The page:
That’s because a lot has changed for adoptive families this year.
“Last year, we had so many families in Augusta call our office in Atlanta,” said Hollingsworth, a regional adoption specialist for Bethany Christian Services. “They were turning families away. You have to live within 100 miles of an office.”
Hollingsworth, a social worker for more than 20 years, runs a new satellite office for the private adoption agency. It opened July 1 in Augusta.
“It’s incredible,” she said. “A year ago, there wasn’t a single private adoption agency in Augusta. Now, there are two.”
After months of fundraising, Covenant Care Services has hired its first caseworker to work exclusively with families in the Augusta area.
November is National Adoption Month. President Reagan declared a national Adoption Week in 1984, and it was expanded to the entire month of November under President Clinton in 1995.
The goal is not only to raise awareness about the number of children in need of homes, but also to share resources and dispel myths about adoption, said Lynn Barmore, the director of the Richmond County Department of Family and Children Services.
Earlier this month, she sent a letter to area churches asking them to publicize National Adoption Month. Barmore said several included fliers in their Sunday bulletins with the message: “Adoptive Families are needed! Become a Foster or Adoptive parent!”
In the lobby of the Richmond County DFCS office, there’s a “balloon bouquet” with one balloon for each child adopted this year.
“Richmond County has successfully completed 32 adoptions,” Barmore said. “We have about five weeks to go and anticipate this number to increase.”
Currently, 158 children in Richmond County are in foster care. Barmore said about 52 are, or are about to become, available for adoption, including 31 who are already in the process.
“That’s an important thing for us to celebrate,” she said. “November is important for us but, honestly, we’re always advertising in the community. We get inquiries for foster and adoptive parents year-round. The need is year-round.”
Organizations such as Reaching Hands Adoption Ministry use November to plan their largest fundraising events.
The ministry of Warren Baptist Church in Augusta held its fourth annual banquet this month, raising $27,000 for grants that help Christian families with their adoption expenses.
In three years, the ministry has awarded grants to 17 families adopting 19 children from five countries, said David Bullington, who volunteers with the ministry with his wife, Leslie.
The Bullingtons have three children: Faith, 6; Davis, who is 3 and was adopted from Ethiopia in 2009; and Pearl, who is 18 months old and was adopted from China in March.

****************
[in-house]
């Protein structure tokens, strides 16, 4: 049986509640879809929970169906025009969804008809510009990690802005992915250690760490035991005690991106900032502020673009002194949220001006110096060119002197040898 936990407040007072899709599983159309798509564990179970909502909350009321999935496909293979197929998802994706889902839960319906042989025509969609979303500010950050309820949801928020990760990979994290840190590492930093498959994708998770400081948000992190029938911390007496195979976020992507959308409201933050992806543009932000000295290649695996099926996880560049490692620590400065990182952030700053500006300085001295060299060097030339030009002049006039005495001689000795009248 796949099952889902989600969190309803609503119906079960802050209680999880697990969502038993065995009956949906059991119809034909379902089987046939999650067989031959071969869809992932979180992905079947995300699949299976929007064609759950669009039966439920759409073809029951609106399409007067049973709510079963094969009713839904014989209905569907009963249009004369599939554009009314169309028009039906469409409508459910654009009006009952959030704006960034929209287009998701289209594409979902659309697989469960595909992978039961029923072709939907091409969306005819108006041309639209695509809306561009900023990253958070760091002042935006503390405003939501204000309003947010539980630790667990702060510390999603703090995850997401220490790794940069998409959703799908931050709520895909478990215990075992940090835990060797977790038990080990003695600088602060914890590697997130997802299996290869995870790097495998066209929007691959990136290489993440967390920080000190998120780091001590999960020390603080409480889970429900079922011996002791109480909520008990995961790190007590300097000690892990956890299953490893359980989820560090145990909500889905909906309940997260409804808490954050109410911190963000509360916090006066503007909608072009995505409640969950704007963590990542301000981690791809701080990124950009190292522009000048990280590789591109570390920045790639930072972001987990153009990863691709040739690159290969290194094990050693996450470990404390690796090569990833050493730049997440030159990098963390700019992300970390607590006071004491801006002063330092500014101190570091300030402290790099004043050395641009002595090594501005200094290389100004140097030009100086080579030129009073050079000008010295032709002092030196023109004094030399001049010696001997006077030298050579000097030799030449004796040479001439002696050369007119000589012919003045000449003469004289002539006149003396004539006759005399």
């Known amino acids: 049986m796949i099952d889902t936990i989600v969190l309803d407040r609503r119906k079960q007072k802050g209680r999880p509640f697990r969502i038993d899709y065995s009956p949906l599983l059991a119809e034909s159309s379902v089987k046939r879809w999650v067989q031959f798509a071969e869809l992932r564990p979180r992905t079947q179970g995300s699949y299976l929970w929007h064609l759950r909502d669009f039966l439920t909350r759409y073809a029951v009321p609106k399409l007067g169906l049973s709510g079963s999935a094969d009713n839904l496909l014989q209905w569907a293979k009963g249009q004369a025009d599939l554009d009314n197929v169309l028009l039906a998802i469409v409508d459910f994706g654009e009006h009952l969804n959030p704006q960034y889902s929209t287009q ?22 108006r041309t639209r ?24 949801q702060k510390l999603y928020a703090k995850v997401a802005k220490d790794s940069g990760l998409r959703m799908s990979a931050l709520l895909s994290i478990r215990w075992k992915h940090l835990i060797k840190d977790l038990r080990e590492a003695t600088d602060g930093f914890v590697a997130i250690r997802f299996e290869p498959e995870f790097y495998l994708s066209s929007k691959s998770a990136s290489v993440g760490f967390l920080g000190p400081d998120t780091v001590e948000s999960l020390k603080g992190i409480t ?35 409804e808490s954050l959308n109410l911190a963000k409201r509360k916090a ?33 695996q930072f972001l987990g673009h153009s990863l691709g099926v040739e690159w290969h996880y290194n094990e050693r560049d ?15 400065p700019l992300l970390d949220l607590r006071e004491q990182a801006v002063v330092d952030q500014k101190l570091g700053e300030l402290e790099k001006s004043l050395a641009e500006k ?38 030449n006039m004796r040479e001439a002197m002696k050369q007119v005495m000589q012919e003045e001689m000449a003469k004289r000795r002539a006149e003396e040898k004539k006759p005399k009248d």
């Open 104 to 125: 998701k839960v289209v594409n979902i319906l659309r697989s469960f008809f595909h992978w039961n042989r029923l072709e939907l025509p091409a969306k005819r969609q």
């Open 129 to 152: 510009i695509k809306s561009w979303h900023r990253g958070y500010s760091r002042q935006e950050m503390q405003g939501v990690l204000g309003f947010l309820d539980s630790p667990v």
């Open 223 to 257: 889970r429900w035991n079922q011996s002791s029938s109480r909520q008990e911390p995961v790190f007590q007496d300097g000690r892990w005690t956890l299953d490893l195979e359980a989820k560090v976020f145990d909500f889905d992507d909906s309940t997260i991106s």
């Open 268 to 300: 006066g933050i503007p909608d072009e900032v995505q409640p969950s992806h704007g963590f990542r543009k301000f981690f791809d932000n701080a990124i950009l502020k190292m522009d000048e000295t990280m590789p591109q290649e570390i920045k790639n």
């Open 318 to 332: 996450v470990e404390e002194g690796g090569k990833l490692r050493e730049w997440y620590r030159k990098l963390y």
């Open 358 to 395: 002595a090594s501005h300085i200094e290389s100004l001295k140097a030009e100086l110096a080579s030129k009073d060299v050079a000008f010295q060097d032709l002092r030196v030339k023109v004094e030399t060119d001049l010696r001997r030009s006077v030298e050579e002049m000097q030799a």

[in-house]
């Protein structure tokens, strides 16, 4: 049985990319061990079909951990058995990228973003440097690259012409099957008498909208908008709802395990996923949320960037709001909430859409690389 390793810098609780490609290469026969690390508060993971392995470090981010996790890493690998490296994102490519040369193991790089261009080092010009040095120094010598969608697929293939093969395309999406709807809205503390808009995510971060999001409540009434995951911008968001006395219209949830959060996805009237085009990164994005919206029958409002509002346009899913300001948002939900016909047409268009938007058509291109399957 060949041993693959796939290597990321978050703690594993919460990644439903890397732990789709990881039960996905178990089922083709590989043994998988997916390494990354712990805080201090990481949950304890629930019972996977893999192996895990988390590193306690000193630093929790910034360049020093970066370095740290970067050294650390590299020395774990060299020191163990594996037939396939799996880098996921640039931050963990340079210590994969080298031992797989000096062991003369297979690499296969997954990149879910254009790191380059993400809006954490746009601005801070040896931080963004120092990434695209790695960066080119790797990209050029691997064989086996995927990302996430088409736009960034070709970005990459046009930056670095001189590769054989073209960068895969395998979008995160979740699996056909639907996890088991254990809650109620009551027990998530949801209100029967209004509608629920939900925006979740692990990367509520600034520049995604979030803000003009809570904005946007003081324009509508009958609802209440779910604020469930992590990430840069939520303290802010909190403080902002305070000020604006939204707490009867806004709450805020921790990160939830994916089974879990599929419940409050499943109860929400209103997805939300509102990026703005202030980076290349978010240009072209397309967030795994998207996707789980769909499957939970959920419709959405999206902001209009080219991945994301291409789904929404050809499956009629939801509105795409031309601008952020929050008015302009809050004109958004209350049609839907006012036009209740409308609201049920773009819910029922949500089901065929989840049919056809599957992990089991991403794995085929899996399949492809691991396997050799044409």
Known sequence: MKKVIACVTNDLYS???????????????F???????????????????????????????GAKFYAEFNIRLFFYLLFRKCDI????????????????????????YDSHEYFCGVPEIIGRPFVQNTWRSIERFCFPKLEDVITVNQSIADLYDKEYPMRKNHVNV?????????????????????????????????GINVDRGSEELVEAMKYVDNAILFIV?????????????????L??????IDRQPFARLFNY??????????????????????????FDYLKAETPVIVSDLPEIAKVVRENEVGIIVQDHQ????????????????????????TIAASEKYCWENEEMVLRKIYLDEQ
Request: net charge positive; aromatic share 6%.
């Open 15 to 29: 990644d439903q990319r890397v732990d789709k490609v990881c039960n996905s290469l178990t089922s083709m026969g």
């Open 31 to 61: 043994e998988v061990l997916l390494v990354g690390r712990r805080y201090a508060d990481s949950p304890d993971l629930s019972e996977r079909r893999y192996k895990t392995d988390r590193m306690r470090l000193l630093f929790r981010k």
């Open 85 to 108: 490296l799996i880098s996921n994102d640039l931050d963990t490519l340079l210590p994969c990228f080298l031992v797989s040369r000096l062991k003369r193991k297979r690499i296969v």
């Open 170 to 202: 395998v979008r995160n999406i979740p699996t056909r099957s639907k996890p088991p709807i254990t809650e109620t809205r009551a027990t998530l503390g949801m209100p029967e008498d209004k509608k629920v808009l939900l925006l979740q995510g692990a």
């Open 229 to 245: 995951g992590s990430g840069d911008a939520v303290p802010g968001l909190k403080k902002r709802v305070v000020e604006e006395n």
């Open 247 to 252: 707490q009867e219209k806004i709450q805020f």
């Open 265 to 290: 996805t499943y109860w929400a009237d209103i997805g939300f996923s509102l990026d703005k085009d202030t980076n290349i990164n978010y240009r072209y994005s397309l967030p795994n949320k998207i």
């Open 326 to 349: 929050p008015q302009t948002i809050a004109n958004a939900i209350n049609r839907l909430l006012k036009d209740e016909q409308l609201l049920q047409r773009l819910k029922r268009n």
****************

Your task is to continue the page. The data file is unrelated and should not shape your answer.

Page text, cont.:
“Reaching Hands is trying to be a resource. We want to be there for families interested in learning about adoption,” David Bullington said.
More often than not, those interested in adopting just don’t know where to start, Leslie Bullington said.
“They don’t know other people who have done it,” she said. “Hopefully, with our family and all the families involved in Reaching Hands, they see people making it work. We say, ‘Don’t be afraid to take a leap of faith.’ Once you meet families who have done it, it becomes less overwhelming.”
Help for birth mothers
In her new job as a birth-mother caseworker for Covenant Care Services, Thea Barry aids women on the other end of the adoption process.
The Augusta native and Augusta State University graduate started with the private adoption agency in June. While Covenant Care has previously served women in Augusta, its closest caseworker was based in Macon, Ga.
Local supporters of the nonprofit raised $50,000 in 1½ years for the new position, with hopes of eventually establishing a standalone office in Augusta.
Since June, Barry has worked with nine pregnant women who have chosen adoption.
“We want to talk to them about their options and, as a Christian agency, we want them to choose life, but our priority is being there for them,” Barry said. “We go to appointments and buy maternity clothes. If she’s young, we’ll be there with a girl when she has to tell her parents she’s pregnant.”
Babies born to women in Augusta are adopted by families elsewhere in the state, Barry said. The costs vary, and both Covenant Care and Bethany operate on sliding-fee scales.
It’s not uncommon for a private, domestic adoption to cost $12,000 to $20,000 or an international adoption to cost upwards of $30,000, Hollingsworth said.
“It’s a complicated process, but we’re here to walk people through it,” she said.
On Tuesday, Bethany Christian Services will hold a workshop for families interested in adoption at Burns Memorial United Methodist Church.
“It’s not for everybody, but I always tell people to pray about it. Let your heart lead you,” Hollingsworth said. “You might surprise yourself.”
Hollingsworth urges families to learn more about the need for adoption in their own community.
“We need to do more education in our country about adoption,” she said. “Adoption isn’t about just taking somebody’s child and putting them in a new home. It’s about an expectant mother making a difficult choice for her baby. We are talking about a woman who is making the gutsiest decisions of her entire life. She’s not giving up her child. She’s giving him a better life.”
“My desire is to see a passion for adoption grow, and not only for adoption, but the birth mothers,” she said. “It is a strong, courageous woman who makes that choice. That’s something we celebrate this month.”